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Phytoplankton distributions and species composition across the Texas-Louisiana continental shelf during two flow regimes of the Mississippi River
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Phytoplankton abundance and species composition were examined over the Texas-Louisiana continental shelf during May 1992 and May 1993, as part of a phytoplankton diversity study funded by the Office of Naval Research. Phytoplankton distribution data were assessed in relation to the hydrography and physical processes on the shelf, which were studied as part of the Texas-Louisiana Shelf Circulation and Transport Processes Study (LATEX A). Phytoplankton group distributions from 1992 , which was an average flow year for the Mississippi River, were compared with observations from 1993, which was a record flow year. Water samples for phytoplankton determinations were examined at 22 locations on cross-shelf transacts from 90.5' to 94.0'W longitude. Samples were collected at the surface and the chlorophyll maximum from Niskin bottles attached to a Sea-Bird SBE911plus CTD, preserved in 1% glutaraldehyde, and analyzed using the Uterm6hl method and the inverted-microscope technique. Unique phytoplankton distributions and regionspecific hydrography and physical processes were found on the inner, middle, and outer shelf during both flow regimes. Some differences were found in May 1993 due to the record river discharge. In 1992 and 1993, the inner shelf was diatom dominated, and was characterized by the highest nutrient and lowest safety values. River discharge and associated nutrients were focused by the localized downcoast flow predominant on the inner shelf area during the month of May. Water column stability decreased moving from the eastern part of the shelf to the western part in May 1992. The opposite regime was present in May 1993. Inner shelf nutrient concentrations in May 1993 were approximately double those in May 1992. The increased river discharge in 1993 caused a dramatic shift in dominant diatom species to Skeletonema costatum (Grevifle) Grunow, which is found in a range of salinities, temperatures, and depths. Chain-forming diatom and others were predominant in both years. On the middle shelf, the presence of tychopelagic diatoms reflected the possibility of benthic regeneration of nutrients and resuspension into the upper water column. This flux from the benthos supported the phytoplankton community on the middle shelf, where a near-bottom chlorophyll maximum was found. Lower concentrations of phytoplankton were present on the middle shelf than the inner shelf during both years. The upper 30-70 m of the water column on the middle shelf were found to be oligotrophic, so smaller or more motile cers such as dinoflagenates, microflagellates, and coccolithophorids became more dominant. The outer shelf upper water column was nutrient-poor as well during both years, and dinoflageuates, microflagellates, and coccolithophorids were even more dominant than on the middle shelf. The diatom population decreased more moving from the middle to the outer shelf. Effects of a warm core Loop Current eddy were evident on the outer shelf area. Upwelling processes shallower than 100 m may provide a means of supporting the phytoplankton population at the chlorophyll maximum on the outer shelf. The location of the increased volume of river water across the shelf in May 1993 was identified based on the increase in overall phytoplankton abundance in May 1993.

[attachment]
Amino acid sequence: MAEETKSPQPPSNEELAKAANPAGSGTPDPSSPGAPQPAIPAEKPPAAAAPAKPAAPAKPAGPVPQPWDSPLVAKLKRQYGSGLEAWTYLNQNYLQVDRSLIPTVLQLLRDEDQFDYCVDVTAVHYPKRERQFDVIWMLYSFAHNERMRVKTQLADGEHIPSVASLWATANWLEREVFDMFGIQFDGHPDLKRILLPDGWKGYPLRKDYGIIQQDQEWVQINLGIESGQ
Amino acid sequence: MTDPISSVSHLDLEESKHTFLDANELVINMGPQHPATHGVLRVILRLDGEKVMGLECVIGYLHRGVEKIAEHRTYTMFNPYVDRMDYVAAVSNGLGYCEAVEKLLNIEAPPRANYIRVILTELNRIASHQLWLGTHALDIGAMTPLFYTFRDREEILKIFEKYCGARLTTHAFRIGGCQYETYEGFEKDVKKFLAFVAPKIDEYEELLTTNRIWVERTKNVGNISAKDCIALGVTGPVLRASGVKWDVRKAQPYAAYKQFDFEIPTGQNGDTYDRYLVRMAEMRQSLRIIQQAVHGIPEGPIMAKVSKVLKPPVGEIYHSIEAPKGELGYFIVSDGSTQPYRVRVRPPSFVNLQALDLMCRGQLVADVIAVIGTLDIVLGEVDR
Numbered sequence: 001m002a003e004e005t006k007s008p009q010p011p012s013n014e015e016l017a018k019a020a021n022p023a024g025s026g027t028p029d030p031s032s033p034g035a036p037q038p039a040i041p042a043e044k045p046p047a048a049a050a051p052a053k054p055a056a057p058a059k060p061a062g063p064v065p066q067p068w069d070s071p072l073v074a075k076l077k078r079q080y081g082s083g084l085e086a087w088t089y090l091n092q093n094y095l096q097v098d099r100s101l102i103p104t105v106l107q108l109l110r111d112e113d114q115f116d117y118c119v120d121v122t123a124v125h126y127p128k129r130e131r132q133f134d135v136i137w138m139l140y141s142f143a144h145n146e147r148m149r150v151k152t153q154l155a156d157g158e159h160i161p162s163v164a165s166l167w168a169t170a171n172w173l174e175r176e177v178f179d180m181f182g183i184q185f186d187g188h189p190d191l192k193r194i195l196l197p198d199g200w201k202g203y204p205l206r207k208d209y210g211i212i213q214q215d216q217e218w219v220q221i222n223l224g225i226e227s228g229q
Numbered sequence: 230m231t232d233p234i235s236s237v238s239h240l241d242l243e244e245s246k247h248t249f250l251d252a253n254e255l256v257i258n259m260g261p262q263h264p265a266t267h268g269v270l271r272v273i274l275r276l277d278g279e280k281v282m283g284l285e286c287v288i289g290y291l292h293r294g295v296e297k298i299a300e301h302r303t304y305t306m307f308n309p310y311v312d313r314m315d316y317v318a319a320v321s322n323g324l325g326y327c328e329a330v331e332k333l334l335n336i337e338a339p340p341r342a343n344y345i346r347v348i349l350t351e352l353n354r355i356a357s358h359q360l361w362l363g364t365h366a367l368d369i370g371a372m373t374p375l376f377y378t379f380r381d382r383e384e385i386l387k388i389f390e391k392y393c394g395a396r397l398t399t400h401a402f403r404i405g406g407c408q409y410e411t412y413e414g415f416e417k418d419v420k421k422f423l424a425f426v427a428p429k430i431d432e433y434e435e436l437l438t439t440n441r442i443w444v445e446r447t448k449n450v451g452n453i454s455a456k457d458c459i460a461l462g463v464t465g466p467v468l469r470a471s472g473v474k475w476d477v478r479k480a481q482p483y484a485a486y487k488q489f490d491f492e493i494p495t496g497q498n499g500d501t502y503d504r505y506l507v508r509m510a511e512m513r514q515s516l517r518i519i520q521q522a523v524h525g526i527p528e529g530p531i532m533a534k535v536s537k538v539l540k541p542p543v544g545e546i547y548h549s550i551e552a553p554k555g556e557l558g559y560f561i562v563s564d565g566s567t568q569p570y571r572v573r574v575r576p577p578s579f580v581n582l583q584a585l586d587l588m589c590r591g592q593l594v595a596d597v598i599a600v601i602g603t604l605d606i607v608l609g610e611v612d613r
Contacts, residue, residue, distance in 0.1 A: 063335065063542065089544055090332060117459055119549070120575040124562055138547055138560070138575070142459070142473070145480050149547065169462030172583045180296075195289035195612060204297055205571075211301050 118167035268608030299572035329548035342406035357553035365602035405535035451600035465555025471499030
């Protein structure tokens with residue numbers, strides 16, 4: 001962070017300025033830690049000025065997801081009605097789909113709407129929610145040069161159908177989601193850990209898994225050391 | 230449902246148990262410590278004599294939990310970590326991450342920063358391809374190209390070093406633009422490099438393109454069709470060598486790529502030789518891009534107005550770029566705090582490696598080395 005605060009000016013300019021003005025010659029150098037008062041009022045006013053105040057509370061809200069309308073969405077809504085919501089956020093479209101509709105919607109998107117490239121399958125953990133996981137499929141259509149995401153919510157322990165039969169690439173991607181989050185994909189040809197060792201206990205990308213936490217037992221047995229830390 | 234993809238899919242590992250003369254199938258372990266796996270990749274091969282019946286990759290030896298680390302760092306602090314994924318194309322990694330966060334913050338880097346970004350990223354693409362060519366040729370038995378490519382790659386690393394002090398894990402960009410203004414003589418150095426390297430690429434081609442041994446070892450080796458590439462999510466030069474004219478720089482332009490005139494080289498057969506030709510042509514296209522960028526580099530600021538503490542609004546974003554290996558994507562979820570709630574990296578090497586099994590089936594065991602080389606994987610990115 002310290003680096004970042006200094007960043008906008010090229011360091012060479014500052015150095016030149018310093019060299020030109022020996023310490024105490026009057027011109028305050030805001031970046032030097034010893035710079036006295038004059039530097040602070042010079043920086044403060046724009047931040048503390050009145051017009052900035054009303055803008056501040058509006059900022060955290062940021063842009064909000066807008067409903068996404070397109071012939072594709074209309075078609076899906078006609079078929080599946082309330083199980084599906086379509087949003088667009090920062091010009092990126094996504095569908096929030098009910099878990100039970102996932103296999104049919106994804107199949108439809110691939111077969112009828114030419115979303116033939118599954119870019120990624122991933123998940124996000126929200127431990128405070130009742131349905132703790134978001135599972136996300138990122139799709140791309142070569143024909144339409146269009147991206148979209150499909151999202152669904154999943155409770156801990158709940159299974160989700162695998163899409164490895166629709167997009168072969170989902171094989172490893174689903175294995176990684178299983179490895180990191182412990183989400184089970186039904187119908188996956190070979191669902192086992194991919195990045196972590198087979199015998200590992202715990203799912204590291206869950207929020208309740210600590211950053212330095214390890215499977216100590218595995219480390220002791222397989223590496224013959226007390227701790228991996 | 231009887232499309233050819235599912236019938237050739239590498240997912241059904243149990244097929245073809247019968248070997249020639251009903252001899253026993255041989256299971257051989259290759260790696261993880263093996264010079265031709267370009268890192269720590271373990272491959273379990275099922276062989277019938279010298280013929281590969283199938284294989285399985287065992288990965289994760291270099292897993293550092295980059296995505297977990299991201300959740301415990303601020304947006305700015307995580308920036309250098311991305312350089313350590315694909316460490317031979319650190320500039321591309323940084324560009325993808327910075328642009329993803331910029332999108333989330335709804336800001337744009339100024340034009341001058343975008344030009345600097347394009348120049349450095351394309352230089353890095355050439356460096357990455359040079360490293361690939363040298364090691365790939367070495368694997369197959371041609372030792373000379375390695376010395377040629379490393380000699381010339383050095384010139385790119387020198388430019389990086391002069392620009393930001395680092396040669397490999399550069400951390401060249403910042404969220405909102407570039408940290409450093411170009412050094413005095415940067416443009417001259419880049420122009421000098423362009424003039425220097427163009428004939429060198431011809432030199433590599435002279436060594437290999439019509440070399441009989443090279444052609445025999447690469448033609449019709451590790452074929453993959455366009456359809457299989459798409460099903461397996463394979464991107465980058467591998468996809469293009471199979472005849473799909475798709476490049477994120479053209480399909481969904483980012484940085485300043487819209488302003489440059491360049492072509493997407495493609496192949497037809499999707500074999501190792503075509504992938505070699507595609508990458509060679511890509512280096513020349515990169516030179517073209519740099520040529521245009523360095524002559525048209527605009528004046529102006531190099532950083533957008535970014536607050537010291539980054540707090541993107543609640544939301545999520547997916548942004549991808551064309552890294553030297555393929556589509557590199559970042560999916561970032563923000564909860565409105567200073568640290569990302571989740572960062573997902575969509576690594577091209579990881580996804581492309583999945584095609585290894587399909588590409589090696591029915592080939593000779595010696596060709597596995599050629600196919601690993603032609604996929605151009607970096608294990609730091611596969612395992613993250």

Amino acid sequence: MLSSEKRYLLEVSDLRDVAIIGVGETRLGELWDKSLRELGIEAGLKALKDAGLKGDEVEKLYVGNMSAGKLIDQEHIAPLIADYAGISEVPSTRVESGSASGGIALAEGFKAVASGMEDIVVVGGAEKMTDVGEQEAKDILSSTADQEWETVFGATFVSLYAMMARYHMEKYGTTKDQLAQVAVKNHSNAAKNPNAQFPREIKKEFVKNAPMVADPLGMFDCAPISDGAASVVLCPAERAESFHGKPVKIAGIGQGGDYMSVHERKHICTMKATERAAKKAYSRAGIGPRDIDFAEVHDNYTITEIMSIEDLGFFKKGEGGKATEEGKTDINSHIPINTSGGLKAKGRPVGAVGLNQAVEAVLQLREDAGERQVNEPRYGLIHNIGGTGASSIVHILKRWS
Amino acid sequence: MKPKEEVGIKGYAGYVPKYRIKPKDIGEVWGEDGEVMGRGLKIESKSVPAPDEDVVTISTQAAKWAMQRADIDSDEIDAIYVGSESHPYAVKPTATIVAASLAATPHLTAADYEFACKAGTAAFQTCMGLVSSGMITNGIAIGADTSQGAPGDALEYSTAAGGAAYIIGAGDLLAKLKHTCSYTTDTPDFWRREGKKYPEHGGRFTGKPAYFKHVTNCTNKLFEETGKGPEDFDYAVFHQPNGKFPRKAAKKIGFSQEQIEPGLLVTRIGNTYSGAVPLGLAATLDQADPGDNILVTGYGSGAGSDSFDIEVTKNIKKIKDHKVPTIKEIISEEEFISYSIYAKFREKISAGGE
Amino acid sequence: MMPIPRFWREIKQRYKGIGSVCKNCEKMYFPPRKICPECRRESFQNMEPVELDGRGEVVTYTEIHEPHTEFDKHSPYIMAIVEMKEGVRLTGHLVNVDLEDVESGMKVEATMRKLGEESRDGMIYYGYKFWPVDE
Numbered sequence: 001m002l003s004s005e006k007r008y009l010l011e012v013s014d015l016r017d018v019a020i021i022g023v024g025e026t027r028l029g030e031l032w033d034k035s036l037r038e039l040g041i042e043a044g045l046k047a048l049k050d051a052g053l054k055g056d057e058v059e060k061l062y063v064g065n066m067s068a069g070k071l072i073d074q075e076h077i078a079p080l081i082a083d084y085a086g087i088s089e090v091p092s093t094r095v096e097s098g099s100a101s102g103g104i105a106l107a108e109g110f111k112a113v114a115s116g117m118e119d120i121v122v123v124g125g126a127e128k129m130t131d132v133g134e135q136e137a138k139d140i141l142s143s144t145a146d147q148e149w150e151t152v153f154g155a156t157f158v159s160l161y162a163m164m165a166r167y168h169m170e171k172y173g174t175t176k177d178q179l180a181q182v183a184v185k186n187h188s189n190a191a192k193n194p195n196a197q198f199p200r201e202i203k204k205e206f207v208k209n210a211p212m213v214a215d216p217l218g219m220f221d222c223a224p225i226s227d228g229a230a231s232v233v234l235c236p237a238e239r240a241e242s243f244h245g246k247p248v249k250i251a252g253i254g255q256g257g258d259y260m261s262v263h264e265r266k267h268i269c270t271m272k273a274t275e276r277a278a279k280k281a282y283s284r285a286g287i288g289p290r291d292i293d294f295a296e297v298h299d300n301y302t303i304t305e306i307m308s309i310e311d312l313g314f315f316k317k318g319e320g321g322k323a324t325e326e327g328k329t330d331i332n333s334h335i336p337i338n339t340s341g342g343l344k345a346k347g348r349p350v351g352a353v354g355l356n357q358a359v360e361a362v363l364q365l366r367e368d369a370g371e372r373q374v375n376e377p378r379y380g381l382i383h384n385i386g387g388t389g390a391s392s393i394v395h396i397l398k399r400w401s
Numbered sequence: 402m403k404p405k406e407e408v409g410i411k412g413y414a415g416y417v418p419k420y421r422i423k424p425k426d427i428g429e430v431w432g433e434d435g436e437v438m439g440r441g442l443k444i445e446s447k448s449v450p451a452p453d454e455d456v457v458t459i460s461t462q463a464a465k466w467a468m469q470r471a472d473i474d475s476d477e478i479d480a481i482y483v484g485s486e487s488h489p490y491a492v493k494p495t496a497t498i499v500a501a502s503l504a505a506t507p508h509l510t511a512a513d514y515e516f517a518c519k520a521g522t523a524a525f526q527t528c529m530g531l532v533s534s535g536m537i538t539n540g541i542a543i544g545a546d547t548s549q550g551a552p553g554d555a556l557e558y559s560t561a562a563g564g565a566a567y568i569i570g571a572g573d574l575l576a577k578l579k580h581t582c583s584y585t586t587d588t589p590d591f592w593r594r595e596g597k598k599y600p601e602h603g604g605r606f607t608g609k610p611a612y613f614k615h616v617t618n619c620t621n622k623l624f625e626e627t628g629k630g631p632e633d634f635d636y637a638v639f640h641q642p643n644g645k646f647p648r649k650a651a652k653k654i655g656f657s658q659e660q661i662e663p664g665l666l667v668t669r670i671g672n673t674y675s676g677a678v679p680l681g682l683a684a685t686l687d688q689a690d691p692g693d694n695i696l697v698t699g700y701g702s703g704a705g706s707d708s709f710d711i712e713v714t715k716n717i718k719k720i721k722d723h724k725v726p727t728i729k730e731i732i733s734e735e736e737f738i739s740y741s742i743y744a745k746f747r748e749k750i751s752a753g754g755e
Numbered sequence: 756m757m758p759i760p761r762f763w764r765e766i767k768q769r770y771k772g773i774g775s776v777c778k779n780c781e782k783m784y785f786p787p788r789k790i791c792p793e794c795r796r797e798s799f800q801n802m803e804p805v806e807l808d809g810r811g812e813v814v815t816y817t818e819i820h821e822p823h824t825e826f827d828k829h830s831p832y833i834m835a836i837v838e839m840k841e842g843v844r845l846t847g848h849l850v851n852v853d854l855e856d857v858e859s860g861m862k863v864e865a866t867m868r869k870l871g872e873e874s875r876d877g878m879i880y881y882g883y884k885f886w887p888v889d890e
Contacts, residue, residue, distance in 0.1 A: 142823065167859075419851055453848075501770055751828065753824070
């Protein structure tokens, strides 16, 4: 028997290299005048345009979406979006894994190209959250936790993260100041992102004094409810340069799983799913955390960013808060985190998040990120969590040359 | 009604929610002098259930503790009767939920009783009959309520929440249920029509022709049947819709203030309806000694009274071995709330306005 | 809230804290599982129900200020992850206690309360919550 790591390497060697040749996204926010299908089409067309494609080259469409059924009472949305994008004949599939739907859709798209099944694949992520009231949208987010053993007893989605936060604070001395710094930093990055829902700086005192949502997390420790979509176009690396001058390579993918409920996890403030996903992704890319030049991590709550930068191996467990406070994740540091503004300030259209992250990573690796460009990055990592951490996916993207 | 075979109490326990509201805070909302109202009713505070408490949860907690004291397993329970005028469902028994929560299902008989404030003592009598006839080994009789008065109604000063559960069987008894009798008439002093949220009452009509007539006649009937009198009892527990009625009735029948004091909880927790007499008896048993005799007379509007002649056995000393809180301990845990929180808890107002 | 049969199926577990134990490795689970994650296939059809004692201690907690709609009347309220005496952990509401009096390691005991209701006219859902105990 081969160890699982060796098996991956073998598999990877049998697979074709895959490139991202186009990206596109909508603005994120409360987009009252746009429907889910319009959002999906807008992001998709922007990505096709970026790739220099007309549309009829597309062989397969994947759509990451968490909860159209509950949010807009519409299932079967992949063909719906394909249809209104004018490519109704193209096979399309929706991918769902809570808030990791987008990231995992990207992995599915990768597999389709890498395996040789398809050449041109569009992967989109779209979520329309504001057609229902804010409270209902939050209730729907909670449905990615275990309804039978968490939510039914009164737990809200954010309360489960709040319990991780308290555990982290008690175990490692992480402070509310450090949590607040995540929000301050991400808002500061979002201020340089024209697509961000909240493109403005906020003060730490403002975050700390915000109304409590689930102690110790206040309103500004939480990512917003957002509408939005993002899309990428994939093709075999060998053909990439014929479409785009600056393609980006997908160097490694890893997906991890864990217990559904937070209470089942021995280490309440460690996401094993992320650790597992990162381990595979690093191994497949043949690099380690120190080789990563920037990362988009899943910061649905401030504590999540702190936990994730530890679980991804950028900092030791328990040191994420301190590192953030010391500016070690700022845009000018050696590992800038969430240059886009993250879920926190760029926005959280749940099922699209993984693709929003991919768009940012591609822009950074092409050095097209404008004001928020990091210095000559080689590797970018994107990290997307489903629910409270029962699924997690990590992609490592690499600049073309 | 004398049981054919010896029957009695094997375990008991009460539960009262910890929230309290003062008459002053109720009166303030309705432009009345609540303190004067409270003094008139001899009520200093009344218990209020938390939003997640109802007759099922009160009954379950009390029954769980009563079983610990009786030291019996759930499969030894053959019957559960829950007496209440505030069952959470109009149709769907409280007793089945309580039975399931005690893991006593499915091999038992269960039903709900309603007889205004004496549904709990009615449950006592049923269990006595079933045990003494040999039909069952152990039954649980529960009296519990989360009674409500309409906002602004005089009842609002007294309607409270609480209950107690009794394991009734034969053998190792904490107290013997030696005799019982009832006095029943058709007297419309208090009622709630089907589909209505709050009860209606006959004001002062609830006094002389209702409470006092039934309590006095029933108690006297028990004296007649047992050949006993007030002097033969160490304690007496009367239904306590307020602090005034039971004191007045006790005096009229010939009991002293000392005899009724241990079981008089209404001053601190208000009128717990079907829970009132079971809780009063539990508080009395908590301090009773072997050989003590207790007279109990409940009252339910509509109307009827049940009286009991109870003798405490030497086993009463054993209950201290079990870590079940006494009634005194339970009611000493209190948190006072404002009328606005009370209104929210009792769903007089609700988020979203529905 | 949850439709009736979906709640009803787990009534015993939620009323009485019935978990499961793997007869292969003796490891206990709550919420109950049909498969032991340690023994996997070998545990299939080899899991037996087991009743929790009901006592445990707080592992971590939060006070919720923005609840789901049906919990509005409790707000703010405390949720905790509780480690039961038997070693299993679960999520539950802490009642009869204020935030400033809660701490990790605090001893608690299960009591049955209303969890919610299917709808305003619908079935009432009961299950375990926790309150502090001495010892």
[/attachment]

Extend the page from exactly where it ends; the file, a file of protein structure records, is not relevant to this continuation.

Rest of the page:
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Issued also on microfiche from Lange Micrographics.
Bontempi, Paula Susan (1995). Phytoplankton distributions and species composition across the Texas-Louisiana continental shelf during two flow regimes of the Mississippi River. Master's thesis, Texas A&M University. Available electronically from
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